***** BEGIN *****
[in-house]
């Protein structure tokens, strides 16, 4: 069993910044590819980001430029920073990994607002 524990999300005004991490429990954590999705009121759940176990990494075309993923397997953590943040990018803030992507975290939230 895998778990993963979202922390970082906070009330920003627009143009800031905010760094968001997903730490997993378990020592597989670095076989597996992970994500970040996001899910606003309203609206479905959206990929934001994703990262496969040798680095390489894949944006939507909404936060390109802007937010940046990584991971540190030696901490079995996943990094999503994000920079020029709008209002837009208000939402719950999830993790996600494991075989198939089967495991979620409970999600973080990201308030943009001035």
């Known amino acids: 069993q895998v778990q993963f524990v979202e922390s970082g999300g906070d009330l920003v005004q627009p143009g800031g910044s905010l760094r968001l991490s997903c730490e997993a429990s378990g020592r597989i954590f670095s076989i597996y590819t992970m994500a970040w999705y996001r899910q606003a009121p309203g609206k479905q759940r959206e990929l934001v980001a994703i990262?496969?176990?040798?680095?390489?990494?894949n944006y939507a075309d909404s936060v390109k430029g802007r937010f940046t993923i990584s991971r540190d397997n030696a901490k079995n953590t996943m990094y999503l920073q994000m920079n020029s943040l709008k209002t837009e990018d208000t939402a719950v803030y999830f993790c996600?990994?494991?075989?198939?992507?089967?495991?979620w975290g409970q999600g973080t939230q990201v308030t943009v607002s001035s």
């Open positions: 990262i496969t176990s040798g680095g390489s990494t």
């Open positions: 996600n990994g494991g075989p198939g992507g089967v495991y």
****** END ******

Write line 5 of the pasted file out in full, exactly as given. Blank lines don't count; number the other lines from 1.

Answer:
């Open positions: 996600n990994g494991g075989p198939g992507g089967v495991y």